In the next section, we will implement distributed caching for the same controller.

Distributed Caching

A distributed cache has several advantages over other caching scenarios where cached data is stored on individual app servers. When cached data is distributed, the data:

  • Is coherent (consistent) across requests to multiple servers.
  • Survives server restarts and app deployments.
  • Doesn’t use local memory.[5]
Image source

There are two main disadvantages of the shared caching approach:

  • The cache is slower to access because it is no longer held locally to each application instance.
  • The requirement to implement a separate cache service might add complexity to the solution.[6]

We will use Redis-based distributed caching in our API. So let’s continue with what Redis is and how to install it.

Redis

The name Redis means REmote DIctionary Server.

Now, I will show how to install Redis in a Windows machine using Chocolatey. (If you don’t have Chocolatey you can install it from here.)

First, install the Chocolatey Redis package.

Then run redis-server from a command prompt.

Now, the Redis server is up and running. We can test it using the redis-cli command.

Open a new command prompt and run redis-cli on it and try the following commands:

Now that we installed the Redis-server and saw that it is working properly, we can modify the API to use Redis-based distributed caching.

Modify the API

ASP.NET Core provides IDistributedCache interface to interact with the distributed caches including Redis.

  • Get , GetAsync : Accepts a string key and retrieves a cached item as a byte[] array if found in the cache.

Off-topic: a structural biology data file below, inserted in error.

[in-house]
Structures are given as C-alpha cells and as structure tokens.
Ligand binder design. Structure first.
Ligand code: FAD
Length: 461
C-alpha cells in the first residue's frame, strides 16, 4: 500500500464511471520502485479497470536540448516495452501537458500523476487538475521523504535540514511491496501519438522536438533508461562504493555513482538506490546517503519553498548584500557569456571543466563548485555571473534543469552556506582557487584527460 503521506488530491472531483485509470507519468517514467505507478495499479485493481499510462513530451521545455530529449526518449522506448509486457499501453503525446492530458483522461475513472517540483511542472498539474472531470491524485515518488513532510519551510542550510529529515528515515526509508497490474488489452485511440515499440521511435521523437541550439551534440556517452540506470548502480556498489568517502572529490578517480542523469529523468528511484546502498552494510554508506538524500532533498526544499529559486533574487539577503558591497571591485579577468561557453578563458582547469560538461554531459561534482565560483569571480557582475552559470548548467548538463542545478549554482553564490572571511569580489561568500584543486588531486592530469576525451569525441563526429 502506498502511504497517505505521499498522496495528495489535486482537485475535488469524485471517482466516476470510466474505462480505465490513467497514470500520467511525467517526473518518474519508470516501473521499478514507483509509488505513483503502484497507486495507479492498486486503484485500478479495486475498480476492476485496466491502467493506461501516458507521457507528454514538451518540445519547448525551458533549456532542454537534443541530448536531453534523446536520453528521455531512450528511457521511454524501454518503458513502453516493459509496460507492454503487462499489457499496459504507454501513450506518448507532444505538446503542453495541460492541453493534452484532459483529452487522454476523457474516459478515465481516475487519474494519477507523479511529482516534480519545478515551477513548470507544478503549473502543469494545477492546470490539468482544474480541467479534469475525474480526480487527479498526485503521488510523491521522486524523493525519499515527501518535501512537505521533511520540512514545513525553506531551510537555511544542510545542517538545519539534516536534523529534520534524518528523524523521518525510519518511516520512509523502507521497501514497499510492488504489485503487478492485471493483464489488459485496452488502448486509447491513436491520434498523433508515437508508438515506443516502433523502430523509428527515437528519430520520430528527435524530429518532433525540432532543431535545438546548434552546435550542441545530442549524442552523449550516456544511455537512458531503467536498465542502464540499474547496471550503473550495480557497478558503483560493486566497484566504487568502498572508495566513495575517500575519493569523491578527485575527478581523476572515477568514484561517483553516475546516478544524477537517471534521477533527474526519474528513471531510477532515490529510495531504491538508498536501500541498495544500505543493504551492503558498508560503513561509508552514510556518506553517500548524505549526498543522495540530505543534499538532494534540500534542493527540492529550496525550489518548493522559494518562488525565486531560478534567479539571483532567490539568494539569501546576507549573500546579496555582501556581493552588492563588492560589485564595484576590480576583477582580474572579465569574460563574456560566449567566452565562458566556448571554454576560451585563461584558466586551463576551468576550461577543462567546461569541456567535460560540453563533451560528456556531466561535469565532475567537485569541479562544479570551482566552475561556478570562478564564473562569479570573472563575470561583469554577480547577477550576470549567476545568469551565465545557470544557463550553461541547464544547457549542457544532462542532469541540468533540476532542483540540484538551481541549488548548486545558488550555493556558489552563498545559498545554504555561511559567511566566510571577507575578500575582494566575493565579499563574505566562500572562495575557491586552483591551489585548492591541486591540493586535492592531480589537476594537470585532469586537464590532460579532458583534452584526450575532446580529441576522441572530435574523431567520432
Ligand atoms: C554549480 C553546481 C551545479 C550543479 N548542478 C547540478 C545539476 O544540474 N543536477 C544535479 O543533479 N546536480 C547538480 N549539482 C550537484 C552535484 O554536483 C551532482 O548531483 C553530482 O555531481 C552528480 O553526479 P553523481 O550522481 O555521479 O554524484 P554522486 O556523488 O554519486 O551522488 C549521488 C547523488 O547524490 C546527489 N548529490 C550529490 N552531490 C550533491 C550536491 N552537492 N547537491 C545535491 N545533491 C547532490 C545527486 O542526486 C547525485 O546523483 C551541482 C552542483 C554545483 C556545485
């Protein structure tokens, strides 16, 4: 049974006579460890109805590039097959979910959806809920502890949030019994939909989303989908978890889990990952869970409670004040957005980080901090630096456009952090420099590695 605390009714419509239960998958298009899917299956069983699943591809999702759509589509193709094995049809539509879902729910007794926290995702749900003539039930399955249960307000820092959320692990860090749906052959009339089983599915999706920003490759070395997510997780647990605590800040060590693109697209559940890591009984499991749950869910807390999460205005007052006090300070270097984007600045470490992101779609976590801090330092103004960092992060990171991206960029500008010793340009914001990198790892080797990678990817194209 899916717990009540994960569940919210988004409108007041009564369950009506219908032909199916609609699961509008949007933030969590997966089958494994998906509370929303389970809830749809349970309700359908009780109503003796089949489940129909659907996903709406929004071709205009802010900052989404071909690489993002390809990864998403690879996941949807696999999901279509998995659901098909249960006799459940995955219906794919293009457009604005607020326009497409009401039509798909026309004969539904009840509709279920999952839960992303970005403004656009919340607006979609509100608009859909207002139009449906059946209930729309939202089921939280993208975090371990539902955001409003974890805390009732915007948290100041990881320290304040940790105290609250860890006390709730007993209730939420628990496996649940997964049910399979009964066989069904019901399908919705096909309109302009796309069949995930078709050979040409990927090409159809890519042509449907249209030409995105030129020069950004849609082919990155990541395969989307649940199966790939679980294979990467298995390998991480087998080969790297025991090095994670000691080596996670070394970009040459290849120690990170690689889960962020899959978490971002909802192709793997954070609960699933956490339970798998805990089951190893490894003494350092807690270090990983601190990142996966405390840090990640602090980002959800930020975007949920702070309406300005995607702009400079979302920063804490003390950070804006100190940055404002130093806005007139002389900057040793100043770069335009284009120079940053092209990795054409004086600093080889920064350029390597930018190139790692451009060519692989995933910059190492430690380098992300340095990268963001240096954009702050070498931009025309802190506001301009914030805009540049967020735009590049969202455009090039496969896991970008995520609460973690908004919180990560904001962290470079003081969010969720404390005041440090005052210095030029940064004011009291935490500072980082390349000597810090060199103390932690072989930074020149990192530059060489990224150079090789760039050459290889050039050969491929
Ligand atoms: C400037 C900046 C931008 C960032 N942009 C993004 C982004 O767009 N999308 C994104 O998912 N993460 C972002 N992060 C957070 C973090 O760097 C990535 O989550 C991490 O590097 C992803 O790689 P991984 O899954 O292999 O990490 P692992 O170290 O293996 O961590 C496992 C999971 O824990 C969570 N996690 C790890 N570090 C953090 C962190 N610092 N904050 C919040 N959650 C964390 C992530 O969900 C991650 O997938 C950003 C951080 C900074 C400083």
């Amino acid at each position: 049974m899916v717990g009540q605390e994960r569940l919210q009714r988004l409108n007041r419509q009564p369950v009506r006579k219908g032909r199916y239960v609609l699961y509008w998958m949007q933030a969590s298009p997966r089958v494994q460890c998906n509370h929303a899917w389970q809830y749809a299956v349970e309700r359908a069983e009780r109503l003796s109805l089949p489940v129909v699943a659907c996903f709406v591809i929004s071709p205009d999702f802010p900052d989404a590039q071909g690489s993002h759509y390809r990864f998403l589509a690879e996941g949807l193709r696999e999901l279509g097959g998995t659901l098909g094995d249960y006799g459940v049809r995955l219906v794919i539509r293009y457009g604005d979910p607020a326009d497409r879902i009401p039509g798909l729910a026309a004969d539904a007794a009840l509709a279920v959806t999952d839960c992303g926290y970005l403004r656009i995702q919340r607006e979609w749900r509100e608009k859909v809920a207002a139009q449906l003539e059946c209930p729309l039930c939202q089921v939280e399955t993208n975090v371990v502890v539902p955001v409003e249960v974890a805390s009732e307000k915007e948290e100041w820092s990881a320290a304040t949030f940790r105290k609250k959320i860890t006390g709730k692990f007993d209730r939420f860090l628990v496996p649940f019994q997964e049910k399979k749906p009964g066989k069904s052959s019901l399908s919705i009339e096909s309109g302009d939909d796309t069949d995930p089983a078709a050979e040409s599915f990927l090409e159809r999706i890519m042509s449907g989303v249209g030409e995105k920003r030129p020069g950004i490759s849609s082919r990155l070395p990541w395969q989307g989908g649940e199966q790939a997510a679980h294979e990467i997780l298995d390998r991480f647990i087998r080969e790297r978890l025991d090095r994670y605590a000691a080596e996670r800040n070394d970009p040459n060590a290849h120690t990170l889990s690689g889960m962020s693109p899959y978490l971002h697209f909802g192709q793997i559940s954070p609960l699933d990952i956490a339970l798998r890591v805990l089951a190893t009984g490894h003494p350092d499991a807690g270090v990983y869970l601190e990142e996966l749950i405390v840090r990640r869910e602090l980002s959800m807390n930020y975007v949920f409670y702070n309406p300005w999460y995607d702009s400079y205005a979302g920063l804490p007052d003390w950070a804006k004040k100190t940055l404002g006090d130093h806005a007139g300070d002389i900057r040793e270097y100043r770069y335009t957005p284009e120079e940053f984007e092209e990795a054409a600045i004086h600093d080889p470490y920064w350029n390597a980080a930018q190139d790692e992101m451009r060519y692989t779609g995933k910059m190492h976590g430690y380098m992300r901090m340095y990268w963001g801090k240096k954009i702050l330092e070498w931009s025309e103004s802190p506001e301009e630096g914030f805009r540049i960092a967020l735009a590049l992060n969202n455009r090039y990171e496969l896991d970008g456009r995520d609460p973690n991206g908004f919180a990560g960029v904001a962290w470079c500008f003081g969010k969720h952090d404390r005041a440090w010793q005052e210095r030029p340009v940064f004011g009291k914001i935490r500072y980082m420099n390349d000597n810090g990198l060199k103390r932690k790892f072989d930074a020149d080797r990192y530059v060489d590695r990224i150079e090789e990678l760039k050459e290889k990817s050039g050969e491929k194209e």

• Set , SetAsync : Adds an item (as byte[] array) to the cache using a string key.
  • Refresh , RefreshAsync : Refreshes an item in the cache based on its key, resetting its sliding expiration timeout (if any).
  • Remove , RemoveAsync : Removes a cache item based on its string key.

To use a Redis distributed cache, we need to add a package reference to Microsoft.Extensions.Caching.StackExchangeRedis package in our project.

Then we add the following line to ConfigureServices method of the Startup.cs for configuration the cache implementation using a RedisCache instance:

Our approach in modifying the controller will be very similar to what we did in the in-memory caching section.

First, we inject IDistributedCache to the controller:

Then we change the GetMovieList method as follows:

As mentioned above, GetAsync and SetASync methods work with byte[] arrays, so I encoded the serialized movies list to byte[] array. Also, I want to mention that there are extension methods where you do not need to convert the value to byte[] array and these are GetStringAsync and SetStringAsync.

You can find the source code in this GitHub repository.


That’s the end of the post. I hope you found this post helpful and easy to follow. If you have any questions and/or comments, you can share them in the responses section below.

And if you liked this post, please clap your hands 👏👏👏

Bye!

.NET Core

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.NET Core

.NET Core

Posts related to .NET Core (ASP.NET Core, MVC, Web API…)